Artist: Lauren Morrow
Hometown: Hometown is Atlanta, Claimed town is Nashville
Latest Album: People Talk
Personal Nicknames: “LoMo”
What was the first moment that you knew you wanted to be a musician?
When I was 15, I won a contest to sing with a band called Marvelous 3 (now defunct, but formally fronted by Butch Walker) at a massive Atlanta festival called Music Midtown. I think there were something like 90,000 people there, and I was blackout nervous and a total mess the whole day, but as soon as I stepped on the stage, it was like I was possessed. I’d been interested in playing music for a little while before this, but from that night on, it was all I ever thought about — how to recreate that feeling, how to create my own songs that would move people the way music moved me. I guess I’ve been chasing that feeling ever since. Butch and I have been friends since then and I’m eternally grateful for this mentorship on this journey.
What other art forms — literature, film, dance, painting, etc — inform your music?
I was an English major in college with a minor in British & American cultures, so literature (specifically British literature) is a big influence on my music and my writing. It’s not so much that I write specifically about books or stories I’ve read, but I’ve always loved to write, and I’ve always loved words. I spend a lot of time on my lyrics — I want them to make sense and have a point, not to be an afterthought — and I know that comes directly from my love of the written word. I want my lyrics and the melody they’re encapsulated within to feel fluid like the two things are fused together, and I want them to be relatable like you’re reading a book about my life and experiences that you can find yourself within.
If you had to write a mission statement for your career, what would it be?
I think navigating these last few years with a completed album during a pandemic has taught me the power of surrendering and expecting less. I don’t mean for that to sound depressing — it’s actually quite freeing when you think about it. There’s only so much you can do for yourself as an artist, and I advocate for myself and this record every single day. I do what I need to do, and I work really hard, but at the end of the day, there’s not a whole lot I can control. When you fixate on those things (“Why didn’t that journalist write about me?” “Why wasn’t I asked to play that festival?” “Why wasn’t my song included on that playlist?”), it can really drive you insane and make you miss all of the great things that are happening for you everyday. So much of this industry is controlled by things that are outside of your control, so I just try and put my faith in myself, my product, my team, my tenacity, and the Universe (or God or Source or whatever you choose to call it.) Everything else will fall in line the way it is meant to.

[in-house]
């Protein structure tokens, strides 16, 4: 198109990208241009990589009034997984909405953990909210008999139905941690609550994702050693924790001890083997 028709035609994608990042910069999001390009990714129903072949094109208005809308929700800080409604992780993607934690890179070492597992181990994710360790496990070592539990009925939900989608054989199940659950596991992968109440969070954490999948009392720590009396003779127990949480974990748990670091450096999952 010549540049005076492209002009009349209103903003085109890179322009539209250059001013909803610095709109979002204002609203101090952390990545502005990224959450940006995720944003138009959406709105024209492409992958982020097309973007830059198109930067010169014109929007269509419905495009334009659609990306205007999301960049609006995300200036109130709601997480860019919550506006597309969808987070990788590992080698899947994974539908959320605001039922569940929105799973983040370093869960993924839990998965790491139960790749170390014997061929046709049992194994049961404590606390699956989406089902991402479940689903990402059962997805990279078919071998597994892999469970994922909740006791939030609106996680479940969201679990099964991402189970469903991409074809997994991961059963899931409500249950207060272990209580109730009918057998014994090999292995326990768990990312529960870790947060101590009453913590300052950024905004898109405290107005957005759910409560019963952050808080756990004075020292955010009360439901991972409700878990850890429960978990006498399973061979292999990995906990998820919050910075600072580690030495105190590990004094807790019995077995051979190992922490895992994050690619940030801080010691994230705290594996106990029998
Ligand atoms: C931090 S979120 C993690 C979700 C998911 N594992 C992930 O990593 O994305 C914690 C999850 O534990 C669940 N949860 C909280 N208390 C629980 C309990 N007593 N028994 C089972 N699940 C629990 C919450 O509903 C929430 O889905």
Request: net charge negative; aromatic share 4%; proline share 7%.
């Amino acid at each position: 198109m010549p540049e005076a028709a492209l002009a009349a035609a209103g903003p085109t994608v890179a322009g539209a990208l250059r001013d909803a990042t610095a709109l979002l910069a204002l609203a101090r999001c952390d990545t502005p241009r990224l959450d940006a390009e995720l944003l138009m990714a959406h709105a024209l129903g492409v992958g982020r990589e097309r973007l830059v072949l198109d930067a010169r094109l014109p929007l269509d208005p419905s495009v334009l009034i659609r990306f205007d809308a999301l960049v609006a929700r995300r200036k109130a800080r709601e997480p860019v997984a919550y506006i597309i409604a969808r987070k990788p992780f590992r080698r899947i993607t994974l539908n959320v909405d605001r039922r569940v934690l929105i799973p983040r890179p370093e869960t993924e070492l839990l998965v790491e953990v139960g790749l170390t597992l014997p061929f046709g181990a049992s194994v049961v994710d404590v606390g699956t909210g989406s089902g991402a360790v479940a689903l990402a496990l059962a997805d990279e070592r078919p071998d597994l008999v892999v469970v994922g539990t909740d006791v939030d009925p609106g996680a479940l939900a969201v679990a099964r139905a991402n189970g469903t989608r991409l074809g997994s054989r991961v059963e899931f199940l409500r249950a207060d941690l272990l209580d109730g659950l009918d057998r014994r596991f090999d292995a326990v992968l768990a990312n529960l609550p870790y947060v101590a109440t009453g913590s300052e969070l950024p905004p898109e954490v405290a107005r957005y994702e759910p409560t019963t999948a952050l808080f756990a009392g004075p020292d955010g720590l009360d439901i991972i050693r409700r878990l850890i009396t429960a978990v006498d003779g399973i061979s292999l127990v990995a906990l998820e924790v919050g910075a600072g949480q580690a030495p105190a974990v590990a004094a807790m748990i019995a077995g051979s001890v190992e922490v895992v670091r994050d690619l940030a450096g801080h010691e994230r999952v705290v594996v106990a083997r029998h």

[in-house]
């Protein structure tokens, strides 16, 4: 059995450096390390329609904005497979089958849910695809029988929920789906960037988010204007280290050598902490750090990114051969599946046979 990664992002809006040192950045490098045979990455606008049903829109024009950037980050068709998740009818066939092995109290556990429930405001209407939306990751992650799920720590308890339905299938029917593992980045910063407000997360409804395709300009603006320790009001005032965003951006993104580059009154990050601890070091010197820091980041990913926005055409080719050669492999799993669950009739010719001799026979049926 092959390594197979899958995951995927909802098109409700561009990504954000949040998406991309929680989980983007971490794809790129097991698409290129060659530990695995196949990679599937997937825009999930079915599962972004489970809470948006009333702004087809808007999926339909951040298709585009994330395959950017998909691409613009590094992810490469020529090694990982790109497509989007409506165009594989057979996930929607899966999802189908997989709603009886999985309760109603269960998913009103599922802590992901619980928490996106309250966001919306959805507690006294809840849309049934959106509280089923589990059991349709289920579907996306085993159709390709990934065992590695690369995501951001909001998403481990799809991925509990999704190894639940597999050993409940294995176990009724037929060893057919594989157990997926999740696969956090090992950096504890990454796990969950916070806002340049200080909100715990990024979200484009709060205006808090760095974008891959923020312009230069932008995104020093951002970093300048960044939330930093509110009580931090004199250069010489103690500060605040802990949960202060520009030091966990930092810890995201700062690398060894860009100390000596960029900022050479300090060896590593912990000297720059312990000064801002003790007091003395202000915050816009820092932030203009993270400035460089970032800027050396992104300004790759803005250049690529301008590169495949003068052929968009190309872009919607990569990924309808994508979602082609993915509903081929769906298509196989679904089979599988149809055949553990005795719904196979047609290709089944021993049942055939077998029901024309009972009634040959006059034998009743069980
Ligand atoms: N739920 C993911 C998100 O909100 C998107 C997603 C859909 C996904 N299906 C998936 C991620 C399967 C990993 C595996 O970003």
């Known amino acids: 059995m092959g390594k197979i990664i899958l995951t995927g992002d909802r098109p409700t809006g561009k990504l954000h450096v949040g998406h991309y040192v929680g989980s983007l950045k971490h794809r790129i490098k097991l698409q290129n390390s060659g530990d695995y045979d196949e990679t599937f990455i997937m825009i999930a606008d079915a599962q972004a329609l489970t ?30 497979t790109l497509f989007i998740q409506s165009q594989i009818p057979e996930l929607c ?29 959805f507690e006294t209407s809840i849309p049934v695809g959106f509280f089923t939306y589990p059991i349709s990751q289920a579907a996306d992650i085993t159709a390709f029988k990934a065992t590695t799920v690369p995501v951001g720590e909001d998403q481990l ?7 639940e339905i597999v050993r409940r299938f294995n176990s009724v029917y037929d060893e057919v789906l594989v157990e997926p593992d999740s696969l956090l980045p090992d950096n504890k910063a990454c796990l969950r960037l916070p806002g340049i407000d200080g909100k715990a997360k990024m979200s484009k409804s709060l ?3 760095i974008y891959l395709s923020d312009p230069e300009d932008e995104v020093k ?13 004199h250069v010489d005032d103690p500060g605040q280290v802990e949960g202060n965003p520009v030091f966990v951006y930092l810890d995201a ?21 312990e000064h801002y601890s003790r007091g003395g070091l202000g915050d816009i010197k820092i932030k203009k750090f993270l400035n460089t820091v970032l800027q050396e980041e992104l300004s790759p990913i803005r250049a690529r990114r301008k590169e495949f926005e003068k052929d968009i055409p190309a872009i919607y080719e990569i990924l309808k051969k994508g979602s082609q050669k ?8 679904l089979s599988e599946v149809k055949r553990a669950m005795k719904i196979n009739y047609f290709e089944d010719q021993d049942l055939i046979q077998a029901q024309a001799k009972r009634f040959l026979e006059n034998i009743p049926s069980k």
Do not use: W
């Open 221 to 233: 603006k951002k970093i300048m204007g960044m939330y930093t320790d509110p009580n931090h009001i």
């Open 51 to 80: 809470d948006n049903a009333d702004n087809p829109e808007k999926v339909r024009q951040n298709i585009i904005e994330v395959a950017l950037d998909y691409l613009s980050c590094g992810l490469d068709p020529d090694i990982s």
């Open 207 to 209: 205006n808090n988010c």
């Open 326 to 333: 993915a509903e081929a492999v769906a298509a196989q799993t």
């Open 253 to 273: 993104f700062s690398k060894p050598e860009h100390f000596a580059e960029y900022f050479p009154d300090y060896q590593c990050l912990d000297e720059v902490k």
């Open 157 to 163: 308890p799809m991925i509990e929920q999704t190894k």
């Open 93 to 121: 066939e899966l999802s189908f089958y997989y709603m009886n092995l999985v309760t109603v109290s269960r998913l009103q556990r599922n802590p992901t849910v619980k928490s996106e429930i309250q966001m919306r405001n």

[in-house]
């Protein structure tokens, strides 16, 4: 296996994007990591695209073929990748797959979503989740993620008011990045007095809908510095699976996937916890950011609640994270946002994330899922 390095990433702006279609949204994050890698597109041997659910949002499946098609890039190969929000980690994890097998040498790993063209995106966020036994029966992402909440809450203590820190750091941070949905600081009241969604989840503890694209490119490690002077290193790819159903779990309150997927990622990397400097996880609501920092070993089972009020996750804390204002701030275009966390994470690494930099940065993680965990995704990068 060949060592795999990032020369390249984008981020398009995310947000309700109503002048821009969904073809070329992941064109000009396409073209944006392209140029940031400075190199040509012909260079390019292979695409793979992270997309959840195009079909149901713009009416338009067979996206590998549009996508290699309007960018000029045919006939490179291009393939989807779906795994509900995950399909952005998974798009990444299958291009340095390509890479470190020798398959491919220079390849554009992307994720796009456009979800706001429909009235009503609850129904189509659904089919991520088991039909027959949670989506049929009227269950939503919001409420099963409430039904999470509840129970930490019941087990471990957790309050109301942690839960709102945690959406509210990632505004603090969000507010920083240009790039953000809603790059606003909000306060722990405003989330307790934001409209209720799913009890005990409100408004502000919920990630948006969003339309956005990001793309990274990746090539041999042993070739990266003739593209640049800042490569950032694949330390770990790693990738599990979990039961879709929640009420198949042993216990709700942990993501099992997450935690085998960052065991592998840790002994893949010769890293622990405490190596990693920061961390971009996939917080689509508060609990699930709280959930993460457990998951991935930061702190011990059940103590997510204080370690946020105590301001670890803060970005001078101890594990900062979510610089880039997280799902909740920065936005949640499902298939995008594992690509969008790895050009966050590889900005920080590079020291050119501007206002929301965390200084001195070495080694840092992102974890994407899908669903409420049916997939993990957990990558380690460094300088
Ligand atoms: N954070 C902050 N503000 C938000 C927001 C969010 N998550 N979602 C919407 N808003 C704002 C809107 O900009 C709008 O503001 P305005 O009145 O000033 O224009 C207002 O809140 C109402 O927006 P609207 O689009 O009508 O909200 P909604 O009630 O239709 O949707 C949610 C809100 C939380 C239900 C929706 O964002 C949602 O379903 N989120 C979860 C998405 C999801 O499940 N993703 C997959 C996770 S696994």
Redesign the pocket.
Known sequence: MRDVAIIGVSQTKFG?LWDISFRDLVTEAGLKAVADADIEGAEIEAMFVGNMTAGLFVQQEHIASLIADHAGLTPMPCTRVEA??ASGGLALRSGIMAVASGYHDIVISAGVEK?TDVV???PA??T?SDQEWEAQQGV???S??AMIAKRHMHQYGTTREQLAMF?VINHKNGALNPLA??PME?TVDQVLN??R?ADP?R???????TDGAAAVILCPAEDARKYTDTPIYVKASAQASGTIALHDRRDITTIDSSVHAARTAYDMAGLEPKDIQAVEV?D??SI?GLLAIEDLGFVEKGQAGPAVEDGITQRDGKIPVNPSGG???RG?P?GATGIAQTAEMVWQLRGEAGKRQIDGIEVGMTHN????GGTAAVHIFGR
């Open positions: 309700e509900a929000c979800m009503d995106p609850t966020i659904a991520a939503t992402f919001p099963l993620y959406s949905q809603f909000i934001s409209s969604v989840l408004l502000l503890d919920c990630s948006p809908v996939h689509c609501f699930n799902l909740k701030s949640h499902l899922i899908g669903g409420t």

Which artist has influenced you the most … and how?
My favorite band of all time is U2 — a fact that shocks most people when they hear it, but I’ve been obsessed with them since I was a child. Over the years, I’ve gotten a lot of shit for being such a big fan of theirs (thank you Apple album upload!), but I don’t care — their songs, melodies, ideas, shows, all move me in ways that are hard to describe in words. It feels bigger and deeper than me. Sure, all of it reminds me of my childhood, but their songs are huge, anthemic, and meaningful, with something new to discover in every listen. I tried to recreate some of that vibe with People Talk.
What has been the best advice you’ve received in your career so far?
My old band, The Whiskey Gentry, toured heavily with the band Cracker, and my husband Jason and I became very close with their lead singer, David Lowery, and his wife, Velena Vego. Both are veterans of the music industry, and they offered us some great advice through a really tumultuous and confusing time in our careers. Personally, I was in a place in my life where I thought I’d paid enough dues and I felt like success was something that I’d already earned (little did I know about the years of invaluable growth that were still to come), but David and Velena were both very adamant that Jason and I have other jobs and side-hustles to help us make money while we were pursuing our dreams. This, coming from people as successful in music as David was/is in Cracker and Velena who has booked the legendary 40 Watt Club in Athens for almost four decades. Jason has always had a successful residential/commercial painting business, and I always worked jobs or helped him, and that’s how we’ve been able to keep our mortgage paid, stay on the road, and self-fund the release of People Talk on our own label, Big Kitty Records. I believe there will come a time when we won’t have to hustle so hard in other areas of our lives, but we aren’t there yet. And even if we don’t ever get there, we know the value of hard work and where that’s taken us in our lives thus far.
Photo Credit: Jace Kartye